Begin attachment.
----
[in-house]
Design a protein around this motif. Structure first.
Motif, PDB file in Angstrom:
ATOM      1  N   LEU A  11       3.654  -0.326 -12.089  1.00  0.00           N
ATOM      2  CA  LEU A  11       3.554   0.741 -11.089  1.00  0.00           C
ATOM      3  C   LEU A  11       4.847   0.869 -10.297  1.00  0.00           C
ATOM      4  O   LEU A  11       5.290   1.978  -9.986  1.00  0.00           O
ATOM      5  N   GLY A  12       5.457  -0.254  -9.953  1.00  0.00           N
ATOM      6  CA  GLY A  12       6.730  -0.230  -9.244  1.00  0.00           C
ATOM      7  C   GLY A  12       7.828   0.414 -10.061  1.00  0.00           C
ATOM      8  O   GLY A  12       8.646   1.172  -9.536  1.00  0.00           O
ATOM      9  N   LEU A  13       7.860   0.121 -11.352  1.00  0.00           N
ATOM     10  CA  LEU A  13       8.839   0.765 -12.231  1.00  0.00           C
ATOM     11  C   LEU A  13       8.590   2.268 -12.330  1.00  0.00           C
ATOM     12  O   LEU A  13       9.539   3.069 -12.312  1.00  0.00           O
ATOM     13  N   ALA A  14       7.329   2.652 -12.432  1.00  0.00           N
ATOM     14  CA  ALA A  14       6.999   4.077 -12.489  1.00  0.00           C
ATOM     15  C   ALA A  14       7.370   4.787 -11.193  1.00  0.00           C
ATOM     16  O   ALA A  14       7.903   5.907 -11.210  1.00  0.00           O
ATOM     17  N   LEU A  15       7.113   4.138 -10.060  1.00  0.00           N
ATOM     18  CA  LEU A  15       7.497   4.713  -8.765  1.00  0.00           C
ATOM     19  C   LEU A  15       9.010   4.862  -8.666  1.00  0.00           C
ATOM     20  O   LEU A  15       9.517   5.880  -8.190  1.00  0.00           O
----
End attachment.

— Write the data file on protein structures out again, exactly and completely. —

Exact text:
[in-house]
Design a protein around this motif. Structure first.
Motif, PDB file in Angstrom:
ATOM      1  N   LEU A  11       3.654  -0.326 -12.089  1.00  0.00           N
ATOM      2  CA  LEU A  11       3.554   0.741 -11.089  1.00  0.00           C
ATOM      3  C   LEU A  11       4.847   0.869 -10.297  1.00  0.00           C
ATOM      4  O   LEU A  11       5.290   1.978  -9.986  1.00  0.00           O
ATOM      5  N   GLY A  12       5.457  -0.254  -9.953  1.00  0.00           N
ATOM      6  CA  GLY A  12       6.730  -0.230  -9.244  1.00  0.00           C
ATOM      7  C   GLY A  12       7.828   0.414 -10.061  1.00  0.00           C
ATOM      8  O   GLY A  12       8.646   1.172  -9.536  1.00  0.00           O
ATOM      9  N   LEU A  13       7.860   0.121 -11.352  1.00  0.00           N
ATOM     10  CA  LEU A  13       8.839   0.765 -12.231  1.00  0.00           C
ATOM     11  C   LEU A  13       8.590   2.268 -12.330  1.00  0.00           C
ATOM     12  O   LEU A  13       9.539   3.069 -12.312  1.00  0.00           O
ATOM     13  N   ALA A  14       7.329   2.652 -12.432  1.00  0.00           N
ATOM     14  CA  ALA A  14       6.999   4.077 -12.489  1.00  0.00           C
ATOM     15  C   ALA A  14       7.370   4.787 -11.193  1.00  0.00           C
ATOM     16  O   ALA A  14       7.903   5.907 -11.210  1.00  0.00           O
ATOM     17  N   LEU A  15       7.113   4.138 -10.060  1.00  0.00           N
ATOM     18  CA  LEU A  15       7.497   4.713  -8.765  1.00  0.00           C
ATOM     19  C   LEU A  15       9.010   4.862  -8.666  1.00  0.00           C
ATOM     20  O   LEU A  15       9.517   5.880  -8.190  1.00  0.00           O